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EveryDay Artist – Roy Nelson

Author: Libby - Printique by Adorama

Every month we like to sit down with a member and find out more about their artistry and photography. This month, we were struck with Roy Nelson’s astrophotography.
His images are out of this world and look amazing on our metal prints. Here’s our interview with Roy Nelson of RN Photography.
My name is Roy Nelson. I am 20 years old and live in the small mountainous area of Star Valley, Wyoming. Star Valley is where I was born and raised. In case you did not know, Star Valley is located south of The Yellowstone and Grand Teton National Parks nearing the Idaho border. My favorite pass time is photography, and soon I hope to make it a career.
Adorama pix 5I have been photographing for one and a half short years. I purchased my first DSLR when I was 19 as a birthday present and I have been hooked ever since. I am self taught, and have learned everything I know through trial and error. I have since moved away from the DSLR and I am now shooting with Sony mirrorless systems, primarily the first Sony a7 and Sony a6000. My progression has been quite rapid and I hope to continue in that for many more years to come!Adorama pix 1My night sky images have been the most challenging and difficult photographs to acquire, yet they have been the most rewarding. I am very lucky to live in a place that has such amazing night sky opportunities. The number one factor to my success is without a doubt my location and the dark skies I have access too. Most people today live in large cities and don’t get to view all the many stars, let alone photograph them! I’ve developed my own style of shooting and processing my images, and many people seem to like them. Often a single image of the Night Sky will take me anywhere from 8-10 hours to process and finish. I use a technique called stacking. Stacking helps me to reduce noise in my images and allow me to edit the images with more depth than a single exposure. Night time photography is so exciting simply because you don’t know exactly what you are going to get until you take the photo. It’s a surprise every time. All of my favorite images of the night sky have been taken within 30 miles of my home. Each location is special to me. I would love to travel sometime soon and take my night time photography to new heights!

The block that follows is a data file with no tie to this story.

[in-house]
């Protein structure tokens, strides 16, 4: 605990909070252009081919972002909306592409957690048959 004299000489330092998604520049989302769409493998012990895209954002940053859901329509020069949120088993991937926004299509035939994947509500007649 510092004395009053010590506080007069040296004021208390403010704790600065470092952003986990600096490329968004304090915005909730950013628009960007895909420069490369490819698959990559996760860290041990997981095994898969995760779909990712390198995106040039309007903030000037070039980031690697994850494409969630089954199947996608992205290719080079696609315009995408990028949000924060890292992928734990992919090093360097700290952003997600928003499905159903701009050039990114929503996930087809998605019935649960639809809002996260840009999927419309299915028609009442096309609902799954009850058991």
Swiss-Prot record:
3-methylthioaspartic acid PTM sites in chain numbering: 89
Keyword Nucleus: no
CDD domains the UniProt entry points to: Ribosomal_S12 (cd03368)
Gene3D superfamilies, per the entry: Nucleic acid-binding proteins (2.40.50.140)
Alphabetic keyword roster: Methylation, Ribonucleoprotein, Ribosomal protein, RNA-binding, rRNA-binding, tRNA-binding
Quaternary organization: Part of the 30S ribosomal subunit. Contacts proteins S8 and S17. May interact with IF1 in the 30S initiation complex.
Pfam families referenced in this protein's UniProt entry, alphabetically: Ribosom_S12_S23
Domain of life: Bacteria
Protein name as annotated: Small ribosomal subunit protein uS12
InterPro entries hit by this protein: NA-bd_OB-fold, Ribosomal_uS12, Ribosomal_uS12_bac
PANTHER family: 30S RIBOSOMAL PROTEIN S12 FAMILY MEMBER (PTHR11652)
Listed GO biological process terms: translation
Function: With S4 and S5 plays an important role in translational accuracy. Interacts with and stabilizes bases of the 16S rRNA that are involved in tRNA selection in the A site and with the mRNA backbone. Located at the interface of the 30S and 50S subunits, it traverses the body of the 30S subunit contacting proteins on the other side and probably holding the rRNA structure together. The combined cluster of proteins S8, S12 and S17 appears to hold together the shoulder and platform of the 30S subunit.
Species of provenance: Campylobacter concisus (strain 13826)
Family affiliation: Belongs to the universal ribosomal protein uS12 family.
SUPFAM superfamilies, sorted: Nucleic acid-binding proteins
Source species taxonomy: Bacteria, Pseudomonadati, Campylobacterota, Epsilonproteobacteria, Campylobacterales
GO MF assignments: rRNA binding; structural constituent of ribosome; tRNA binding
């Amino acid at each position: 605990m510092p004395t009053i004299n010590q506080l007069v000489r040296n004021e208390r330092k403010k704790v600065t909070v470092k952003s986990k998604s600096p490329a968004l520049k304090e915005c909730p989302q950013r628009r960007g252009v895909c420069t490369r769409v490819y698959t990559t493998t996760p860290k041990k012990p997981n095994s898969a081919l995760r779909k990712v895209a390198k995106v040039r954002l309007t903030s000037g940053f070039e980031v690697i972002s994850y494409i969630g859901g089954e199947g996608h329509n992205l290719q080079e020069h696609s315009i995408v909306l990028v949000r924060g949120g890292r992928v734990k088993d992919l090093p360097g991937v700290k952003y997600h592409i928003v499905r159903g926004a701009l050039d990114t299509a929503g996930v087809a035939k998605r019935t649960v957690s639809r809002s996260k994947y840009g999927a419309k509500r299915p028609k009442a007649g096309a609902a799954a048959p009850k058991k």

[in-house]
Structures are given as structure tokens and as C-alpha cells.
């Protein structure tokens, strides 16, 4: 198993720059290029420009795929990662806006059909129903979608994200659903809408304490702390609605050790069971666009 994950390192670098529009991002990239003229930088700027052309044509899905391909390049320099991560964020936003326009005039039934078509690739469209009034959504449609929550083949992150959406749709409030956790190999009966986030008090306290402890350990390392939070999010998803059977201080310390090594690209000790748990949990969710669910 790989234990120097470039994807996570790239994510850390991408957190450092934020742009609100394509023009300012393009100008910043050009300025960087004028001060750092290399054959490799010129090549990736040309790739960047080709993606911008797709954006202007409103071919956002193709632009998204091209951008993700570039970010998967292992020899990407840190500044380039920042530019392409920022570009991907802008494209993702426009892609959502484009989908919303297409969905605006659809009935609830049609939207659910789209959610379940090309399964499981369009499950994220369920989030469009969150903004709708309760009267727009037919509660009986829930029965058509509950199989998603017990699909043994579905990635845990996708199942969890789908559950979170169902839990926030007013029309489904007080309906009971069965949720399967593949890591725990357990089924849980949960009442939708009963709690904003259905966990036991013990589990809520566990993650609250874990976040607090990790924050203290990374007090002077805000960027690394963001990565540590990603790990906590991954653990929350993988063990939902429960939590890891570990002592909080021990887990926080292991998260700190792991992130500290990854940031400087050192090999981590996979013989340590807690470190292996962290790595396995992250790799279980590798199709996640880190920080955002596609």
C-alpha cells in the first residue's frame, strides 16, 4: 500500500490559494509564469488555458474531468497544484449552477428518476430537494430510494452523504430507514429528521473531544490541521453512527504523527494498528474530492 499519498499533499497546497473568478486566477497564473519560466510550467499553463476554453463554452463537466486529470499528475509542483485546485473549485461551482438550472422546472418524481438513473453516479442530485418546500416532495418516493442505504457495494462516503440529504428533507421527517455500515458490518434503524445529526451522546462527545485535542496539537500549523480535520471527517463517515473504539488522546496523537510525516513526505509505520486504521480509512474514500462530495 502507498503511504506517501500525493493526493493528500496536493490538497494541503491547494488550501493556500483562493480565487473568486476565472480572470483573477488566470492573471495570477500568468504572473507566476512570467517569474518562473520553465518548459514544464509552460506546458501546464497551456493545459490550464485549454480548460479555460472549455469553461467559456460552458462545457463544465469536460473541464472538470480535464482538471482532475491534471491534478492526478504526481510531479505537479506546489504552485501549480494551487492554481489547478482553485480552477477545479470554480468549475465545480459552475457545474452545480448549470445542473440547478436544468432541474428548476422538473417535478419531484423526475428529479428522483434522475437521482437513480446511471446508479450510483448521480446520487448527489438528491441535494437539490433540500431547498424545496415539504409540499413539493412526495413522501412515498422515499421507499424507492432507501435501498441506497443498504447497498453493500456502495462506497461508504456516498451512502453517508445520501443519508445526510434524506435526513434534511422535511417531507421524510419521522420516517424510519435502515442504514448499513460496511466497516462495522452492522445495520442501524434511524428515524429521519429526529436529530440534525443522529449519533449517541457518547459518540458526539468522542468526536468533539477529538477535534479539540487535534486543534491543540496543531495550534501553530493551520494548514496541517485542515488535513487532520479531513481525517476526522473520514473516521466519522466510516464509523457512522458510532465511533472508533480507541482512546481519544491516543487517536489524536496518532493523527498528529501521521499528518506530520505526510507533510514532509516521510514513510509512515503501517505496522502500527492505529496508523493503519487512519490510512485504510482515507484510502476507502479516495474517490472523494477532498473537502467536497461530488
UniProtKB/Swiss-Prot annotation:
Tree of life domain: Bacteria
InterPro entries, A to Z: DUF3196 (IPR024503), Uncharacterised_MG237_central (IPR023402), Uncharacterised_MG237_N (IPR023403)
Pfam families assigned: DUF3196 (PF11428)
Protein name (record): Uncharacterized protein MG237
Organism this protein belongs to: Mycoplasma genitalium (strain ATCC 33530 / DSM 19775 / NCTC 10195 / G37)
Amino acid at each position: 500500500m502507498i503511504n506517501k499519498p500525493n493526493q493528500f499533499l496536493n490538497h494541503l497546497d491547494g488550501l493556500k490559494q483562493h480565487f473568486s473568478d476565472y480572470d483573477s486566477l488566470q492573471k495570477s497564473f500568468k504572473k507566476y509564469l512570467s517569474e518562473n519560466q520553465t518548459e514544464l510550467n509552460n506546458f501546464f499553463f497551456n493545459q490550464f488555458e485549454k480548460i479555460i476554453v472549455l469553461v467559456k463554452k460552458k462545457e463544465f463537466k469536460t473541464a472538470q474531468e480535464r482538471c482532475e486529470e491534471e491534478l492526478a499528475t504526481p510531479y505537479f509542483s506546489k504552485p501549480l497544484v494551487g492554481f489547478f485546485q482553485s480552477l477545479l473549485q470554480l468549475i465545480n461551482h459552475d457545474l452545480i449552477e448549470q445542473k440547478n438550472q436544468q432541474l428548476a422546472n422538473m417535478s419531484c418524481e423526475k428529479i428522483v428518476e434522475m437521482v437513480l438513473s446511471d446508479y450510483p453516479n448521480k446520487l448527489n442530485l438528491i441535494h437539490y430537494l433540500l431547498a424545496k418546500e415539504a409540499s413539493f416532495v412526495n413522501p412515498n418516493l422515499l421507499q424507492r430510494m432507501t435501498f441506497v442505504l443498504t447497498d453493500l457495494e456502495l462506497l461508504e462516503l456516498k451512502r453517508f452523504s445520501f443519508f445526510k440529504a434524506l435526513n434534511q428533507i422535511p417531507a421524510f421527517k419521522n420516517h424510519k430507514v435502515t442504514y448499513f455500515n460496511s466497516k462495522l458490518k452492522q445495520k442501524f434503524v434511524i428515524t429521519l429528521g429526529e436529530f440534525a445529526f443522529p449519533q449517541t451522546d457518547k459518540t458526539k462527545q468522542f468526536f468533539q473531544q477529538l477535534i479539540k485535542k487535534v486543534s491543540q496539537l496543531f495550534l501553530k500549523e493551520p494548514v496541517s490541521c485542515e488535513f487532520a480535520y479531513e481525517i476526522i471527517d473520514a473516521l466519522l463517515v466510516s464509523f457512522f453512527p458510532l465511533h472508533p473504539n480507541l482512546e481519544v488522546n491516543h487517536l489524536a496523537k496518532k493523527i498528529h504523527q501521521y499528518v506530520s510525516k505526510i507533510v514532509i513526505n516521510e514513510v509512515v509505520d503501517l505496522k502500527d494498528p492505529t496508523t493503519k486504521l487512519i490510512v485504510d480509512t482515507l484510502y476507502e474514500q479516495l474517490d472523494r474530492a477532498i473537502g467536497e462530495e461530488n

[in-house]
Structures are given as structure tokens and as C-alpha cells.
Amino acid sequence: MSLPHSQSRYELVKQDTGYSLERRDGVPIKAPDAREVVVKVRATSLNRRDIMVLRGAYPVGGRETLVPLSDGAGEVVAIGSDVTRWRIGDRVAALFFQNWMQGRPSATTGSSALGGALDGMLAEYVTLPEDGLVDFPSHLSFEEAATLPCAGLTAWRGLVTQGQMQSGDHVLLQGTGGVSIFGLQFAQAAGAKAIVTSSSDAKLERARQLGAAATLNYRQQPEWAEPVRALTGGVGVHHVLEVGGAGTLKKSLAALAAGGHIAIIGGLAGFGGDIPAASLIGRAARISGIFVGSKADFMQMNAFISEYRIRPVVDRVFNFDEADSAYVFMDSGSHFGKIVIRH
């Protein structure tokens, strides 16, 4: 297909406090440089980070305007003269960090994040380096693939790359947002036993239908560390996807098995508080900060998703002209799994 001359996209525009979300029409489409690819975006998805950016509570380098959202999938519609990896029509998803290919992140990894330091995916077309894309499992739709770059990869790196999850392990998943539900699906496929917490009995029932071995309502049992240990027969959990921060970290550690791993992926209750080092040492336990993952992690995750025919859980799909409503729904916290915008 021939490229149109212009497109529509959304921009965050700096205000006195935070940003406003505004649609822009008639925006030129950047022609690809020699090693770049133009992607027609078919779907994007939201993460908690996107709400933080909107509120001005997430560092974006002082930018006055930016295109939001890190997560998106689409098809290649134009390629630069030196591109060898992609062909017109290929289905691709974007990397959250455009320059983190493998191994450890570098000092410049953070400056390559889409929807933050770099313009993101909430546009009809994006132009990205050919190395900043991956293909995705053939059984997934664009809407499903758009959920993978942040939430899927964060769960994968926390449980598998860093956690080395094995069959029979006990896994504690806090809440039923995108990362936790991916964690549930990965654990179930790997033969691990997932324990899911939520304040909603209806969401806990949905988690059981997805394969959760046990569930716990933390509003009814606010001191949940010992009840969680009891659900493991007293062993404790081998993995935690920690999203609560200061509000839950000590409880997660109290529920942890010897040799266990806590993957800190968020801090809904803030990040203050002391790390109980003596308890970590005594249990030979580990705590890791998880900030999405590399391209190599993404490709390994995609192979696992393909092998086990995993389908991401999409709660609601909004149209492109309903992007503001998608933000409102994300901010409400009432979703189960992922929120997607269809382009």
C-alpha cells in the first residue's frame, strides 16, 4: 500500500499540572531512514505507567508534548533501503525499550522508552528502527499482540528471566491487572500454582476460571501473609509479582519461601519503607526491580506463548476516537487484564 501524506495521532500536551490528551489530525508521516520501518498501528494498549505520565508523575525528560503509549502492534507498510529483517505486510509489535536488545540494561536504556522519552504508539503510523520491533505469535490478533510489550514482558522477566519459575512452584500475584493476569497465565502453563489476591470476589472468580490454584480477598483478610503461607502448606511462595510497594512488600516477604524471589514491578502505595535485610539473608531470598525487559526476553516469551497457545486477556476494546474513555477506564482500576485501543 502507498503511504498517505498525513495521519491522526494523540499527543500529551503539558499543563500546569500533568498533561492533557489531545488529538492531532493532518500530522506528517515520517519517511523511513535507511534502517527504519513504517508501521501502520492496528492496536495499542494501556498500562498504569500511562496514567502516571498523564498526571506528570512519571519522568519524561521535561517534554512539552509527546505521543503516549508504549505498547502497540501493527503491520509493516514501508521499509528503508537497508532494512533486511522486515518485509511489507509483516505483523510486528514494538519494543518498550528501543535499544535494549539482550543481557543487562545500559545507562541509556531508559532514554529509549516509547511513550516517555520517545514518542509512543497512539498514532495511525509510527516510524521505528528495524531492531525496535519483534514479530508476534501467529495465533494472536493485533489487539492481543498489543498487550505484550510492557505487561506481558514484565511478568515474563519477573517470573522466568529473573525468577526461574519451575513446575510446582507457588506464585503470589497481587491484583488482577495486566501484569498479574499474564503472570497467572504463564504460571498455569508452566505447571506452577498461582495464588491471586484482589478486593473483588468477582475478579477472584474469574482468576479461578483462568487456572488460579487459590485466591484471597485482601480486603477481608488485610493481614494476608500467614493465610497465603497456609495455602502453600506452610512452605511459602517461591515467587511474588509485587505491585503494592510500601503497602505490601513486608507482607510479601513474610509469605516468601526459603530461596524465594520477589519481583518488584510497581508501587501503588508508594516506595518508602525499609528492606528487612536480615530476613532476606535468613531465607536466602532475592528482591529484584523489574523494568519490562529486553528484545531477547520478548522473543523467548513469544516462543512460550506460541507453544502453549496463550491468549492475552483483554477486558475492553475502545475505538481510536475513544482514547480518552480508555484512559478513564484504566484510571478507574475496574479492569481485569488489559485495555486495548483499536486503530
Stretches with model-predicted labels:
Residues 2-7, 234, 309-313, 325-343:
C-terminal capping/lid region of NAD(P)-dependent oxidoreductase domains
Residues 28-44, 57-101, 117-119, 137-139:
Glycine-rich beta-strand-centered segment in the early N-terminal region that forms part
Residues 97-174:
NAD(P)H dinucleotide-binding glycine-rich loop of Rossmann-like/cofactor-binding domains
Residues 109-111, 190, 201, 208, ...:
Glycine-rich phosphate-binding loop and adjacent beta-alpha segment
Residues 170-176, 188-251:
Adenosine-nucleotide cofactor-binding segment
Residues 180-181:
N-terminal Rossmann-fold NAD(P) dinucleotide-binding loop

Adorama pix 2I prepare for my night time shoots  in several different ways. First and foremost is location. Often I will scout during the day for unique places, and dark skies away from the town lights. I like to use an app on my phone called Sky Guide to see where in the sky certain celestial objects are and where they will be when the night falls. Objects such as the Galactic Core or Milky Way as many people call it. The next thing I do is a bit more challenging. I envision and picture in my head the photograph I want. Visualizing is very important, if you have an idea of what you are after you have a goal to achieve. Having a goal helps you stay focused and determined. The last thing is to go out there and shoot! I don’t get it correctly perfect every time. Often I will spend several minutes picking the right spot for the camera and the settings I need to achieve the best results. Many many failure shots are taken before the best one ever is. What is in my bag? Well for my primary camera I use the first model Sony a7 and sometimes the Sony a6000. As far as lenses go I use a variety, but my favorite lenses are the Samyang 24mm f1.4, the Samyang 85mm f1.4, The Minolta Rokkor MD 50mm f1.4 Manual film lens and a few others. I use all manual focus lenses because in reality you can’t autofocus in the dark! My favorite ability is to mount old Minolta film lenses on my Sony cameras. It’s very fun and optically they are amazing. Also CHEAP! Being only 20 years old I don’t have thousands to spend, so I take a budget approach to my photography and these manual focus lenses help me to do that. I also have a sturdy Carbon Fiber tripod, hand warmers, extra batteries, a remote shutter and also my MP3 player and some headphones.
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For anyone who wishes to start astrophotography let me just say you can achieve great results with what you have! I started with a Canon t2i and the kit lens. The results you can achieve with even the basic kit lens can be awe inspiring and very satisfying. For this type of photography a basic knowledge of shooting in manual mode is essential. If you know how you will be all set! Also shoot in RAW. You need to have access to all the data you camera records so you can get the best out of your images. Remember we are dealing with very faint pinpoints of light. Above all I would say experiment. Be prepared to fail and to work very very hard. You will learn more from failing and trying  again than any tutorial online will teach you. With the right effort and determination you can achieve amazing results, even with modest equipment.
Adorama pix 4To see more of Roy’s out of this world photography, you can check out his website at RN Photography or his Instagram @rnelson_photography.